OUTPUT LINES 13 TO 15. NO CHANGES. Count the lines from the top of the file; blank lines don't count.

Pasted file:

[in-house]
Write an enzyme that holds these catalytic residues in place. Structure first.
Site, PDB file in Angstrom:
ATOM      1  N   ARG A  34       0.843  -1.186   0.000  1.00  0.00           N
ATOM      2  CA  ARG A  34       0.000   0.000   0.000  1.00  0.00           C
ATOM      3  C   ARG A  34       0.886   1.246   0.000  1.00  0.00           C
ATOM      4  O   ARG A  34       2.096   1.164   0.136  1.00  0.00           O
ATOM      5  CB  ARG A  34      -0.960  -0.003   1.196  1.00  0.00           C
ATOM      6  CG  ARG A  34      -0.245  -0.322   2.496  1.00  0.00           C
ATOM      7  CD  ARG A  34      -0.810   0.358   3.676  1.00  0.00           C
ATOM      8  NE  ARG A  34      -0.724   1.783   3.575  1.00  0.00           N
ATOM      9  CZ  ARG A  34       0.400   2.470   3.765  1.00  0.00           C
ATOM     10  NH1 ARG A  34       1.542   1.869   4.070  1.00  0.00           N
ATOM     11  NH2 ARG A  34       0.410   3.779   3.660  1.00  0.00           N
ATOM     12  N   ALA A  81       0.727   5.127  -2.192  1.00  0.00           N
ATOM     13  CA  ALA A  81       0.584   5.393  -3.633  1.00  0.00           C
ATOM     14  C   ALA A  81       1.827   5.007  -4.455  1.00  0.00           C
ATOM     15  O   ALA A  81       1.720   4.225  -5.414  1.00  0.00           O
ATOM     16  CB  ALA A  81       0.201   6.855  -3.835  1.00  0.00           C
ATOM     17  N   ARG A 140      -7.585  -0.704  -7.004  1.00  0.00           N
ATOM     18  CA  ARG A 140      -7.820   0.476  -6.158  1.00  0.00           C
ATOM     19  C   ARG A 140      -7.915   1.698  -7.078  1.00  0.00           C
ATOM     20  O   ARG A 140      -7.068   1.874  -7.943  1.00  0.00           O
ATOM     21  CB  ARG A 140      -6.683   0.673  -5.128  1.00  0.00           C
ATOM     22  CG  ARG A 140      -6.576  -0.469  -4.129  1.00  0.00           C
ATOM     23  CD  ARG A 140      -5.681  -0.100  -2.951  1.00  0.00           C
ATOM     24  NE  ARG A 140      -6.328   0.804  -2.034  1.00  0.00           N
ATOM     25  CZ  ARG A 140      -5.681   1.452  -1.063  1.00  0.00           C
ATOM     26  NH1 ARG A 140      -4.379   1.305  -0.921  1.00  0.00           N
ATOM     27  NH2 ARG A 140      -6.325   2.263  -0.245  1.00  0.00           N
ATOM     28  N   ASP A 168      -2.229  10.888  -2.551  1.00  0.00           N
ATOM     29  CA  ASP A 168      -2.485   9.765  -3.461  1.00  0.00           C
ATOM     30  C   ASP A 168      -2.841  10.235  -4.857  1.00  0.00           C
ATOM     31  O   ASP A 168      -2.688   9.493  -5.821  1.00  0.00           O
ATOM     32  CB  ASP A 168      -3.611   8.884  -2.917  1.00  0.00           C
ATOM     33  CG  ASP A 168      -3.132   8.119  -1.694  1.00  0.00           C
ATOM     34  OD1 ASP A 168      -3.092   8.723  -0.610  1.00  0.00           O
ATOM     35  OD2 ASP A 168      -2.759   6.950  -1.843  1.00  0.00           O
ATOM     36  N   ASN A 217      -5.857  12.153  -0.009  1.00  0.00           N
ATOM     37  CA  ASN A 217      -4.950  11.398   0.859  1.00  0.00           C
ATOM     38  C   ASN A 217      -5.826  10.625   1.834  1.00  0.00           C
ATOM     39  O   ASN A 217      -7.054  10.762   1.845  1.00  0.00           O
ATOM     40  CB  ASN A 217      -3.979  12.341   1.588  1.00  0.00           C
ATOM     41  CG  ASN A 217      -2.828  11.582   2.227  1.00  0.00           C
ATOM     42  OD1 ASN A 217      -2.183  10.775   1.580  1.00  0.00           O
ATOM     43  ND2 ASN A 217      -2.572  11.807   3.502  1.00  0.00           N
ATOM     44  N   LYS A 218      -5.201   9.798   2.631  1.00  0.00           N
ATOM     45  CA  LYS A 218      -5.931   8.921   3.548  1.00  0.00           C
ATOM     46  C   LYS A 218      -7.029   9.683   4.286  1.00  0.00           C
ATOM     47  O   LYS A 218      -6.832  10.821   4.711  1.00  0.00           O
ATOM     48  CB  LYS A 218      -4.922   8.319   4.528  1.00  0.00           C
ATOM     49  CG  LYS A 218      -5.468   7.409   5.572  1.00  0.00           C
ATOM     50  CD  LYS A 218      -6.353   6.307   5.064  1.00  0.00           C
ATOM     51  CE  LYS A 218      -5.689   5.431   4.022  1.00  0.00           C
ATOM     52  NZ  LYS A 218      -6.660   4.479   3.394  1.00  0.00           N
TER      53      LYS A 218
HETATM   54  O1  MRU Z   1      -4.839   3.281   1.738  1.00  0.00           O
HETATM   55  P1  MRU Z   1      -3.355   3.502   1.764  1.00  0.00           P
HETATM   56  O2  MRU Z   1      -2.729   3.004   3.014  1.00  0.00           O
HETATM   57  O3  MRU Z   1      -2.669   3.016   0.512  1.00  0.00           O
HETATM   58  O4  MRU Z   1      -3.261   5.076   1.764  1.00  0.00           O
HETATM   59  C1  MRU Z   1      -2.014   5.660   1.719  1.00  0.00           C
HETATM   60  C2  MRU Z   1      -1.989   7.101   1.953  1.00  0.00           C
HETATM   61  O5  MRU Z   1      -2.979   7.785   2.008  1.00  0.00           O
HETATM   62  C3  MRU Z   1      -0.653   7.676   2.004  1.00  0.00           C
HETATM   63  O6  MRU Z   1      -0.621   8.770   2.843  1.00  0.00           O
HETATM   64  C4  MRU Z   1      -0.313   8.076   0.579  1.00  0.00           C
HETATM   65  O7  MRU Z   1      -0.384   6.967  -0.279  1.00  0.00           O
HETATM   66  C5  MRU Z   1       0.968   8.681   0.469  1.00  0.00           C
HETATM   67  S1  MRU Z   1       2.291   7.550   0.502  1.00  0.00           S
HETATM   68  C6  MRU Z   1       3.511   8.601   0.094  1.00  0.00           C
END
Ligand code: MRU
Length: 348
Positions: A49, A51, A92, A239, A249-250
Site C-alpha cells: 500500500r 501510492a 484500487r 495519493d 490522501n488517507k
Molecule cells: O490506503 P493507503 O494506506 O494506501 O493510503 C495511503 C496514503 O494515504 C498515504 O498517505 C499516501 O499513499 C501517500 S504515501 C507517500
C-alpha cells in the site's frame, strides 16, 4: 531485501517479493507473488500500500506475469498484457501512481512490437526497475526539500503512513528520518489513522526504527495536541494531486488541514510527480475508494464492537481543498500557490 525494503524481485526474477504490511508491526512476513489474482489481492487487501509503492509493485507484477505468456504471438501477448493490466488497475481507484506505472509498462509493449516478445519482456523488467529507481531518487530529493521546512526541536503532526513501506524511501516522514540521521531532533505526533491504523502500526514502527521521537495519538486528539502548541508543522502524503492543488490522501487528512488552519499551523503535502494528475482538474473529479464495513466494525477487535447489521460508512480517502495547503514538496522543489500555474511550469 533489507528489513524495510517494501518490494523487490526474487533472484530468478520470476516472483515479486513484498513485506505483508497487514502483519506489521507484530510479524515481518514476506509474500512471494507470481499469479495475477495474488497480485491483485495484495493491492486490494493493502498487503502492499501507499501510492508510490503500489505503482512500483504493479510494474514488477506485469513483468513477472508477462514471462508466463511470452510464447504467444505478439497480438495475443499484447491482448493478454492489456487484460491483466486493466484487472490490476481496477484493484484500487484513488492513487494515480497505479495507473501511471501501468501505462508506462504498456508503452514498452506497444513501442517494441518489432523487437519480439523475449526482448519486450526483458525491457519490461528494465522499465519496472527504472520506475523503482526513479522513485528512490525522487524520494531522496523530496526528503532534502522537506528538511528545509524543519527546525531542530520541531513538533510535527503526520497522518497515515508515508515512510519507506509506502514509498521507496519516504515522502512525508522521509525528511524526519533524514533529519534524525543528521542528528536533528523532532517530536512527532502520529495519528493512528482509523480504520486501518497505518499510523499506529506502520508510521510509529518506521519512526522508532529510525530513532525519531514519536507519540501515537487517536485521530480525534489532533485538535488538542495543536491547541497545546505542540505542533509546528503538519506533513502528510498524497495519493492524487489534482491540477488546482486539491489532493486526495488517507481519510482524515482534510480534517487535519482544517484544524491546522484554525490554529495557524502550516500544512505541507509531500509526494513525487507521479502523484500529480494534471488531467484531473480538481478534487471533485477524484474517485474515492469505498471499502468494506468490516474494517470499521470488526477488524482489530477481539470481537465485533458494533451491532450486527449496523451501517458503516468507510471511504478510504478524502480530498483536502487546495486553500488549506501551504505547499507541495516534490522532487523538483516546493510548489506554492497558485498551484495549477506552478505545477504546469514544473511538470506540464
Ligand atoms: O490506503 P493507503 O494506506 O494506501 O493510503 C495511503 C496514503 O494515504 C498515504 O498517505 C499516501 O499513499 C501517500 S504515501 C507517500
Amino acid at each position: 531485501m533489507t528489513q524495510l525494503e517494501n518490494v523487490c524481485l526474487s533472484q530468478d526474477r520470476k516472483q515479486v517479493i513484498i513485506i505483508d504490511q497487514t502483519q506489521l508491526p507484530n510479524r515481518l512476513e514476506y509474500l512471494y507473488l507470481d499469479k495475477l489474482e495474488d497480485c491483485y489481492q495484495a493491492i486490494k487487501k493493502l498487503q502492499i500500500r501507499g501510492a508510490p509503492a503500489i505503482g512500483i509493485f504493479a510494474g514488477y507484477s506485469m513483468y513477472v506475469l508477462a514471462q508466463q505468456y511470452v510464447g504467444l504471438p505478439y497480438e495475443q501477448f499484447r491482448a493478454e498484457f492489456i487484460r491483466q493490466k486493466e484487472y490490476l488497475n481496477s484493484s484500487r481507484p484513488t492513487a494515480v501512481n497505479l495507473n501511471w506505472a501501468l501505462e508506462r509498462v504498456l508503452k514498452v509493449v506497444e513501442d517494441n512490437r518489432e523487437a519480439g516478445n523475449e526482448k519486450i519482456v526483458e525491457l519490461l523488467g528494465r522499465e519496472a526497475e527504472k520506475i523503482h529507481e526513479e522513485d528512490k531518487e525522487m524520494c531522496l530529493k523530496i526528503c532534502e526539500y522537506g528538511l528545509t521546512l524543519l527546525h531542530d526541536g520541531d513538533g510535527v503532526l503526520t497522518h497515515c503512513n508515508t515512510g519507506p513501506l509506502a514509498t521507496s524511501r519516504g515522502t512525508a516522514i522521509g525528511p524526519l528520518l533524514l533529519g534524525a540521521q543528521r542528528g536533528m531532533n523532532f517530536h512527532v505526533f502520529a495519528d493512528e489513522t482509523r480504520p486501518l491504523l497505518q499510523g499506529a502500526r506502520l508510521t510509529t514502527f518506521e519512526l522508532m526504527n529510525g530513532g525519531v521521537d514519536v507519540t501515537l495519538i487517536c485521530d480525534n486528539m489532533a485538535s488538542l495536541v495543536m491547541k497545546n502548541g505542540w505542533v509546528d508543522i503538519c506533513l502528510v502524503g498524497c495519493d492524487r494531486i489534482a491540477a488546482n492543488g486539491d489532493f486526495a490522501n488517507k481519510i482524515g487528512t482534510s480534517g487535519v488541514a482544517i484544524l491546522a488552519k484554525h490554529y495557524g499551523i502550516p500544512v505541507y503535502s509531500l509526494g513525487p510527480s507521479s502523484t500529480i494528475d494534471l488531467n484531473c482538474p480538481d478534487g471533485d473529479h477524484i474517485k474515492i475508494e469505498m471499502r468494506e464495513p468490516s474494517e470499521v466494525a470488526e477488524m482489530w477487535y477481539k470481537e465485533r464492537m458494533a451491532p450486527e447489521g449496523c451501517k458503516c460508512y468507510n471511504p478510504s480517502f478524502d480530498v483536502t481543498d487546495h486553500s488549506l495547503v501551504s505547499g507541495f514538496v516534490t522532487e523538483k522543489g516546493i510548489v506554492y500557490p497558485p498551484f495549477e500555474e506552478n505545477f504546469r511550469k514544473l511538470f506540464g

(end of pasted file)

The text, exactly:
ATOM     10  NH1 ARG A  34       1.542   1.869   4.070  1.00  0.00           N
ATOM     11  NH2 ARG A  34       0.410   3.779   3.660  1.00  0.00           N
ATOM     12  N   ALA A  81       0.727   5.127  -2.192  1.00  0.00           N